Monday, October 24, 2011

Epic BTness

Well that's it... Like pissing on the last few remaining coals of a fire burned long through the night, my mountain bike race season has ended. The flame is put out for the time being. I really wanted the fire to burn hot coming into the BT, but damn its been a long season. I think last time I looked I raced something like 20+ weekends since the first race back in late February. It was time to polish it off like the last corner of some Sailor Jerrys, and then lite up the night for what would be the true reason of the trip... To party the season ender off right.

My race didn't go well. I learned lots though. Like how to ride like a girl, and how to properly rest while on the side of the trail why your buddies pass by yelling at you to quit being a (insert female reference here.) Oh yes, it was a glorious day of epic humbling status. The BT reminded me again on why out of half a dozen attempts of these endurance races I have failed each. Mind you fail is in the eye of the beholder, but my eyes are very sensitive to failure. I see it when others may not. I've never truely DNFd one of these races, although the results from Saturday will say otherwise, but I also have never completed one and done well results wise. For me its top 5 or nothing. I guess that's a skewed way to look at it, but I felt confident it was possible and I always aim my double barreled shotgun high. My hope for the BT was sub 4 1/2 hours. I finished by my phone at 1:45, 5 and a quarter hours from our 8:30 start.

So the DNF you ask? Well that would be due to me taking the road instead of the gravel to the finish. The distance is no different, I just went off how we finished in 08. When I came through the parking lot there was no one around. I didn't really care, because I had only one thing on my mind, the swimming hole. I was submerged in the ice cold water by 1:50. It was heaven. My body had felt like it had just seen the business end of billy club, and my legs were ready for some ice cold goodness. I didn't care that I wasn't recorded as finishing. I wasn't in the money, I wasn't top 3 in my age group, and 30 place never leaves great memories in my mind.

I was happy to finish, and even pleasently surprised at my time. I had well over 20 minutes of stop time, and possibly that in just the last checkpoint stop. I was posted up in a lawn chair drinking some throwback Mountain Dew, (thanks to Daveys wifie!) and it took a lot of motivation to get up and finish the last leg. That coupled with all my side trail rests meant I wasted a lot of time being idle. Couple those things with my lackluster riding from mile 20-58 and I was happy to know that next year, that 4.5 is mine.

Oh yes, I will be back, and will succeed.

I just don't have the endurance skills yet. Maybe doing some 5 hour rides would help. The BT was my longest ride by well over an hour all year. My nutrition also sucked, and has a lot of room to blossom. I am more than ready to conquer the endurance race beast, and the plans are already underway.

What I lacked in riding endurance though, I made up for in party endurance. Seriously, what the hell happend to everyone? It was almost a ghost town by 8pm. Luckily I met some great new friends who were more than willing to end the day right. I partied with old and good friends, and got to hang with some new faces and otherwise badass riders like Garth Prosser and Frank Webber. Good times, peace offerings, and free beer complements of the great Kuat boys were had. Duffys crew turned out to be a hoot to hang with, and they almost partied me under the table. The night capped off with me falling in a ditch while heading to Shoffs campfire, and almost losing my car keys in the process.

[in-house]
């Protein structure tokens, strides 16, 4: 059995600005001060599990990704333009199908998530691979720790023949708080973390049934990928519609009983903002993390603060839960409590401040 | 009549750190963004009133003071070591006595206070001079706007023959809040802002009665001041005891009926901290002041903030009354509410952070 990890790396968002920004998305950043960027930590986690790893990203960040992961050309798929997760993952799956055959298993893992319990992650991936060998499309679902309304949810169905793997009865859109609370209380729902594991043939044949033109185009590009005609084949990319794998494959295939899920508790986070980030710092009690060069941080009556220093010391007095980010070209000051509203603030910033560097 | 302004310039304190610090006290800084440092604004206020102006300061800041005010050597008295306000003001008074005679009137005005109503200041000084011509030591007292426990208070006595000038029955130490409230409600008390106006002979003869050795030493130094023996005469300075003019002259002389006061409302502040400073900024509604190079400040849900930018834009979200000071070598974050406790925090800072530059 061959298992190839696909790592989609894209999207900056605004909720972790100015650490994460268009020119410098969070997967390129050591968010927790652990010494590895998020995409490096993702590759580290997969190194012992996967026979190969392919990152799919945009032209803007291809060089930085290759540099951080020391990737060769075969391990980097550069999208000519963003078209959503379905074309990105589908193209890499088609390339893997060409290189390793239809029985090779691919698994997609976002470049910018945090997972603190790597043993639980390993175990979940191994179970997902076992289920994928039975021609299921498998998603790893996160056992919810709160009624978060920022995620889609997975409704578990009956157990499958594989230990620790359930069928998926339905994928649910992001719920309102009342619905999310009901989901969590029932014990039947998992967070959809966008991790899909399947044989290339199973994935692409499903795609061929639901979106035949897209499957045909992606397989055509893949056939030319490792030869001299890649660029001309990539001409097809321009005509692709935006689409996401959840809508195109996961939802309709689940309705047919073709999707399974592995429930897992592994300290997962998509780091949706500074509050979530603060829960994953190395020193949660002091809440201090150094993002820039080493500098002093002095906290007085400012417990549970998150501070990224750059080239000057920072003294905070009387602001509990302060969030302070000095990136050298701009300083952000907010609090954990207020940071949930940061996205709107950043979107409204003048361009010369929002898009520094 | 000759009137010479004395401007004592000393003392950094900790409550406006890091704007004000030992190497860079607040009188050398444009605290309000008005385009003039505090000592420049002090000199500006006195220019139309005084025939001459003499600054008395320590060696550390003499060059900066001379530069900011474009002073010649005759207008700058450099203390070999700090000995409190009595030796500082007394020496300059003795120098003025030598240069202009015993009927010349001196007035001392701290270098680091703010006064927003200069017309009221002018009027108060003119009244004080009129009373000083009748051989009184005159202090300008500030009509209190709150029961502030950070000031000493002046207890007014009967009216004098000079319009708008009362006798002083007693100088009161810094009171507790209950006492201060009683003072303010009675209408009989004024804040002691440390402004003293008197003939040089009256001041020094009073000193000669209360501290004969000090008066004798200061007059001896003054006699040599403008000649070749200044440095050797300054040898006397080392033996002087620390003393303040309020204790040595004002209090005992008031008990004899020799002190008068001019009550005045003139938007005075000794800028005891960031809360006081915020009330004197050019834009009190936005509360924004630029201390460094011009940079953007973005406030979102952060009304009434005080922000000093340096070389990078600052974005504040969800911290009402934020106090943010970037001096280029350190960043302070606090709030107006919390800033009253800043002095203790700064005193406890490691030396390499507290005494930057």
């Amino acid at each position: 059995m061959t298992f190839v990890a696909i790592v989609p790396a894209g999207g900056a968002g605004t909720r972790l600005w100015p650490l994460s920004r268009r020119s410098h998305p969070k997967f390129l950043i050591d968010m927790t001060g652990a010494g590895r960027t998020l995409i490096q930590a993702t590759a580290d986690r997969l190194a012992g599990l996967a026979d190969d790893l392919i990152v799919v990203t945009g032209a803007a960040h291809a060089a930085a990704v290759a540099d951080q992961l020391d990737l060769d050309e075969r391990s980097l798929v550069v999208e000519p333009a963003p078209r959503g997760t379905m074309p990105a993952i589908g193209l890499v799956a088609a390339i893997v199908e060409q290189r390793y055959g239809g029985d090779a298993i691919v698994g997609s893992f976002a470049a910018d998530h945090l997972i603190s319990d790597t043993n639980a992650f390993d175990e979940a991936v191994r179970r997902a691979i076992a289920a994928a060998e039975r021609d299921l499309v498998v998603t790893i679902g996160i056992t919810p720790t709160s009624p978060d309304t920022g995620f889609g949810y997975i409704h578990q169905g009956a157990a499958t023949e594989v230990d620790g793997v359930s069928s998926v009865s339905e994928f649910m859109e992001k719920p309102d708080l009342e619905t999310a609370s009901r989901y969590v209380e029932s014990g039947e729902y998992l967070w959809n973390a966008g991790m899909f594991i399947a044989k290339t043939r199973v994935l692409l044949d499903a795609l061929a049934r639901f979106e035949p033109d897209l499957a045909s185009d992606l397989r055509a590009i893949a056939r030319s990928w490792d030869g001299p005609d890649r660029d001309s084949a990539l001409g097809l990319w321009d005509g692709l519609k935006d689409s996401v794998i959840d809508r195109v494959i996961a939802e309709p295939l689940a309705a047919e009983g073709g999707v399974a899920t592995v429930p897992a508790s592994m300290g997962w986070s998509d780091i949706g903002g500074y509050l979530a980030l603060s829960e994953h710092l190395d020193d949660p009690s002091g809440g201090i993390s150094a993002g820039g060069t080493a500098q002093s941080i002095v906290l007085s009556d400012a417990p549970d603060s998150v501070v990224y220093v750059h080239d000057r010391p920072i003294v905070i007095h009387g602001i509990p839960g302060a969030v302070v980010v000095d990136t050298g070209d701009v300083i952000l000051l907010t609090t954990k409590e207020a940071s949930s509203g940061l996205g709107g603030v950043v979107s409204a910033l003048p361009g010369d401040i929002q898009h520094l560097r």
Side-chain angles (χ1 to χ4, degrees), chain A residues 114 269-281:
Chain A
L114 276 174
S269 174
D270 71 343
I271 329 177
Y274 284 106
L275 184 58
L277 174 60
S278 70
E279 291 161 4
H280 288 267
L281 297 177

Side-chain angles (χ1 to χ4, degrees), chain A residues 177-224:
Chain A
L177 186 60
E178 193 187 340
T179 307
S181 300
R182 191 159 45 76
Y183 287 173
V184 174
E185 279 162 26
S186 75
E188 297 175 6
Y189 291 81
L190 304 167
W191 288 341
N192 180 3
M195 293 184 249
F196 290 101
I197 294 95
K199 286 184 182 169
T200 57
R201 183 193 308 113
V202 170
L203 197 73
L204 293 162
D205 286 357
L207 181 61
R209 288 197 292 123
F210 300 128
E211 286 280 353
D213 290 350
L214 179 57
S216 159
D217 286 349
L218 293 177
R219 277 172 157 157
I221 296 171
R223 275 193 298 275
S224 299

Thanks to my boy Sean for the pic of me and Peat Awesome keeping it young.

Thanks to the crew that continues to give us the great BT, all the volunteers, the promoters, the supporting businesses, the people who put their sweat and body in maintaining the trail, the weather gods for such a perfect weekend, my mother and father for procreating and allowing me to enjoy this crazy wondeful life I live, my boys, my girls, my team, my sponsors, and my undying ability to never give up on trying to live life to its fullest and the continuation of my journey of pain and joy.

I have a great life... And I'm happy I can share as much of it as I can with so many awesome people.

2012 here we come. It's going to be the best yet....


Friday, October 21, 2011

Self Motivation

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Sunday, October 16, 2011

Stoking the Fire

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Friday, October 14, 2011

7AM Gravel with Numb Hands

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Sunday, October 9, 2011

The Crazzyness that was... Burnin

I'm not sure what was happening on the crosser scene this weekend, but I can almost certainly guarantee it was nothing even close to the awesomeness that was Burnin. The stories of this race have tempted me for years. I knew the course, Council Bluffs, but I had no idea of the spectical that was to be Burning at the Bluffs VIII.

The story of the 2011 edition started with a little West and East collabo. It was to involve my go to guy Travis Donn, and our buddy and normally duo foe Chris Ploch. Trav asked me about a month ago if I wanted to do a three man team with him and Chris and it took all of two milliseconds for me to answer. Hell ya, there was no way I was passing up that opportunity.

So Friday mid-day we began what would become the Cannonball run down to Council Bluffs lake. We were followed by our new teammate, and eventual destoryer of the 6 hour solo race, Jason Knight. This dude has some serious potential taking not only the Binder 6 hour win for his first mountain bike race, but also the 6 hour Burnin. One thing I don't think he was ready for was following Travis on the winding and long trip down to the race venue. It was roughly 4 hours from my home, and a good 2 of those 4 hours were on some backcountry, fun, twisty roads. Travis drives a Subaru WRX Sti, and he isn't afraid to drive it. Jason on the other hand drives a Honda Pilot, and it sure got it's ass worked on the trip down. I wanted to kiss the ground when we finally arrived at the beach roughly around 6pm.